The cholera epidemic in Haiti has now spread to the capital, Port au Prince, and has killed over 1,000 people while sickening up to 19,000.
Now street protests have arisen against the United Nations peacekeeping force that has been in Haiti since 2004, with protesters blaming troops of the Nepalese contingents of the “Blue Helmets” for the epidemic.
On top of this crisis, there will be very controversial and problematic elections on November 28.
The cholera epidemic which began a couple of weeks ago in the Artibonite Valley and now has spread to the capital, Port au Prince, is being blamed by rumors on the Nepalese United Nations Stabilization Mission in Haiti, part of the United Nation’s military contingent. Cholera had not been seen in Haiti in many years and is known to be a mostly in Asia.
Though MINUSTAH – The United Nations Stabilization Mission in Haiti – has denied that the Nepalese brought cholera into the country, rioting against the U.N. mission started on Monday, November 17 in Cap-Haitien on Haiti’s northwest peninsula and other places. Three civilian protesters are reported to have been killed.
And to top it all off, there are going to be elections on November 28. These elections, to choose a new president, 10 of the 30 senators, and all of the 99 members of the lower house, had originally been set for February 28. However, the massive disruption caused by the earthquake forced a postponement. But reconstruction has been going very slowly, so the country is still disrupted and it is going to be very difficult to carry out the election without problems.
To make things worse, a number of political parties and their candidates have been denied the right to run. Aristide’s party, Fanmi Lavalas, is among them. The reasons given are technical. Support which would have gone to a Fanmi Lavalas candidate might instead go to another candidate, Henry Ceant, who has been holding big rallies to which many Aristide supporters have been thronging http://www.forumhaiti.com.
Haitian-American musician Wyclef Jean has also been denied the right to be on the ballot as a presidential candidate, on the grounds that he has been living mostly in the United States for several years. However, there will be 19 candidates in all. In Haiti there is a requirement for a runoff if no candidate for president gets a majority the first time round.
The current president, Rene Preval, appears to have lost popularity due to perceived slowness in coping with the earthquake crisis.
There is background as to why the anger towards the “Blue Helmets.” The United Nations Stabilization Mission in Haiti, or MINUSTAH, was sent there after the 2004 overthrow of President Jean-Bertrand Aristide.
Many Haitians and others suspect that both the French and U.S. governments were complicit in the overthrow, and Aristide supporters accuse MINUSTAH of being biased against them.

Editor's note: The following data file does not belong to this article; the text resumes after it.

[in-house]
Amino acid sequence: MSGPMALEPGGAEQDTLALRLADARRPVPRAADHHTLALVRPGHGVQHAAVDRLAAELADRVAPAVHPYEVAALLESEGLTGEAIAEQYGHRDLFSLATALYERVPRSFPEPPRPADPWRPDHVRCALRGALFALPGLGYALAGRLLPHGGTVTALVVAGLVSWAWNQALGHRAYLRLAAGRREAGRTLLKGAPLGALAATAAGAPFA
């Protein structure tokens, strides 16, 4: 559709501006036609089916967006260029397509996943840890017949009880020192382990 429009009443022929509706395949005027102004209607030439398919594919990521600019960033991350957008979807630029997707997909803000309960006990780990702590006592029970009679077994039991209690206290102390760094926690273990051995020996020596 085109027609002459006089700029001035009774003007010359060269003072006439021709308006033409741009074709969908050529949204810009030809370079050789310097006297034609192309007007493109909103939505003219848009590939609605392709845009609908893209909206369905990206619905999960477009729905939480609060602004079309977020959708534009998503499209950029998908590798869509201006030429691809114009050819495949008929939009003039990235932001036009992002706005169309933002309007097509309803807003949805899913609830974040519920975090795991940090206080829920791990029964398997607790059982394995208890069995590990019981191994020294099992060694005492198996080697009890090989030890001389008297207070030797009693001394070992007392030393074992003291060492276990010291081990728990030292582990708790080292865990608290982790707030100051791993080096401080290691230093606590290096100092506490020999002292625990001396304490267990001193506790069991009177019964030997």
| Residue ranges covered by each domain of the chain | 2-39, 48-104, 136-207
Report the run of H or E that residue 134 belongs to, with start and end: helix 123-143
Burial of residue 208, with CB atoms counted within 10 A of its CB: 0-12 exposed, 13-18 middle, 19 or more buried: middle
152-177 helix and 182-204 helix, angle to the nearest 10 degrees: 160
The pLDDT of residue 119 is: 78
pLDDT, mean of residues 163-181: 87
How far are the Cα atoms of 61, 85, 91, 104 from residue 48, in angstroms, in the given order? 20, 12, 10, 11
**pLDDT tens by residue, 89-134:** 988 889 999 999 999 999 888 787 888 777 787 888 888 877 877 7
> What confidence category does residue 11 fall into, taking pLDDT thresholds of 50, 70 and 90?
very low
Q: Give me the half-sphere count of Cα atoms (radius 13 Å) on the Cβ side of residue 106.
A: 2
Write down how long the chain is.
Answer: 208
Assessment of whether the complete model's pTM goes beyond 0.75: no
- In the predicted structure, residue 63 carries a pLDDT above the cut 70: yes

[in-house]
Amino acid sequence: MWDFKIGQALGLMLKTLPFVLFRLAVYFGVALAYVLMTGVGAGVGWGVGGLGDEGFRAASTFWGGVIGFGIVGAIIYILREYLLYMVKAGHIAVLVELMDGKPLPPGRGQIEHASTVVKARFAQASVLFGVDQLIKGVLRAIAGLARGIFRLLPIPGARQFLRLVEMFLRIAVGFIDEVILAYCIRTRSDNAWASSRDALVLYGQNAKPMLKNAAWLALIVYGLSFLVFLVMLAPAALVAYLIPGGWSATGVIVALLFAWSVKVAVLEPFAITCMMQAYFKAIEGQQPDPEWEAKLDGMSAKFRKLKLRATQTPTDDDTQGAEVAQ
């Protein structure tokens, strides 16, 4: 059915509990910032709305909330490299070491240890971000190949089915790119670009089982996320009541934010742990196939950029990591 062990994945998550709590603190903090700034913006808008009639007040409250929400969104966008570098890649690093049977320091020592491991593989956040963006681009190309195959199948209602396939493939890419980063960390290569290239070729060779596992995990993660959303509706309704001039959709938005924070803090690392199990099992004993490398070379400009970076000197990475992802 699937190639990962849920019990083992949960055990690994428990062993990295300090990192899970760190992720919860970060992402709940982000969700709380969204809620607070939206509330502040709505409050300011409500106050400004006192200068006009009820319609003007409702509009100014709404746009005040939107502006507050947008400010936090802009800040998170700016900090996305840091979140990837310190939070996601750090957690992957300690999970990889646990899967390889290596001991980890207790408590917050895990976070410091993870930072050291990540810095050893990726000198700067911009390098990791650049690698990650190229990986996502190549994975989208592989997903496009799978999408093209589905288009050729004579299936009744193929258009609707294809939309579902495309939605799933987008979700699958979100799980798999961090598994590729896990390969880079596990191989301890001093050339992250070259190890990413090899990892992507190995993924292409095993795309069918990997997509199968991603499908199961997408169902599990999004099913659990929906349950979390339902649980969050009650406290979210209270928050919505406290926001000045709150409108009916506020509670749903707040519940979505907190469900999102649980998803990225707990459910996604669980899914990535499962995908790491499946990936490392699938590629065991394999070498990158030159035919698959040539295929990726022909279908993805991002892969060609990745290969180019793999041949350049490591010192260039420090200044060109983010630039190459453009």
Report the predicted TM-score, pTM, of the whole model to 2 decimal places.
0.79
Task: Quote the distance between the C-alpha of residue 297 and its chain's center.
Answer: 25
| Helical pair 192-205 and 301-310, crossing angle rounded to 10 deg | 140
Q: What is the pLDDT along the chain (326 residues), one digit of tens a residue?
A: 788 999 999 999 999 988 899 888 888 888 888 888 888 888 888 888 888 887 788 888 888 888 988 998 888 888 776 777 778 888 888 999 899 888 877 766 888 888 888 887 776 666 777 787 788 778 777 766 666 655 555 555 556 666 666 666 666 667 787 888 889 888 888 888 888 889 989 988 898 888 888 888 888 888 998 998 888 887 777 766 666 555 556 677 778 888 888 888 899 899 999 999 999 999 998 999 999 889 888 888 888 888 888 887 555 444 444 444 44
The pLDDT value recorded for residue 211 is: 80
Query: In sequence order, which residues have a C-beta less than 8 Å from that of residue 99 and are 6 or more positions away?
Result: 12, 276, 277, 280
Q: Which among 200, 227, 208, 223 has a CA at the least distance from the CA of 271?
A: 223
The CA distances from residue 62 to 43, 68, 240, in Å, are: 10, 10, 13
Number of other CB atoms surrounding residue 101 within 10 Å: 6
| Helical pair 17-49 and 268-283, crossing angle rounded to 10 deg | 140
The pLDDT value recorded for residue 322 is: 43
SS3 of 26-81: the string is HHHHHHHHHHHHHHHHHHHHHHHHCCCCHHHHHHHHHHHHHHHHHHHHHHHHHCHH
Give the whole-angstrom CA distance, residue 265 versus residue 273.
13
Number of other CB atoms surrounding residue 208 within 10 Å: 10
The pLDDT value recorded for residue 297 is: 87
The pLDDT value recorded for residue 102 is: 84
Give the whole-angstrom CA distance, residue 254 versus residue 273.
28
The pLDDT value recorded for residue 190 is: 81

Aristide now lives in exile in South Africa, but his supporters have not ceased to demand his return. While president, Aristide abolished the army, which had a record of coup plotting and human rights violations, and which had also overthrown him in 1991. In the resulting power vacuum, numerous armed street groups developed, which have often clashed with MINUSTAH forces.
MINUSTAH’s 7,000 peacekeeping “Blue Helmets” have been under mostly Brazilian command, and include troops from that country, Argentina, Bolivia, Chile, Canada, Croatia, France, Guatemala, Jordan, Nepal, Paraguay, Peru, the Philippines, Sri Lanka, Uruguay and the United States. There are civilian and police personnel from an even greater number of countries.
In January 2006, MINUSTAH’s Brazilian commander, General Urano Teixeira da Mata Bacellar, committed suicide. The previous year MINUSTAH forces had been accused of attacking supporters of President Aristide and his political party, Famni Lavalas, with a number of deaths to civilians (up to 80, by some accounts).
So the MINUSTAH troops were unpopular with Haiti’s poor to begin with. In January of this year, MINUSTAH itself suffered heavily from the massive earthquake which may have caused the death of as many as 300,000 Haitians. Its civilian head at the time and a number of its military and civilian personnel were killed.
The desperation of the Haitian people is rising because only a small amount of the aid promised in the wake of the earthquake has been deployed, because hundreds of thousands of people are still living in tents and squatter camps, and because more misery was caused when Haiti was sideswiped by Hurricane Tomas with its torrential rains. The spread of the cholera epidemic adds to this.
This will be an angry election.
Photo: An officer from the Indian Formed Police Unit, working with Brazilian UN peacekeepers, helps to secure the perimeter of a bank in downtown Port-au-Prince, Haiti, Jan. 19, 2010. (Marco Dormino/UN)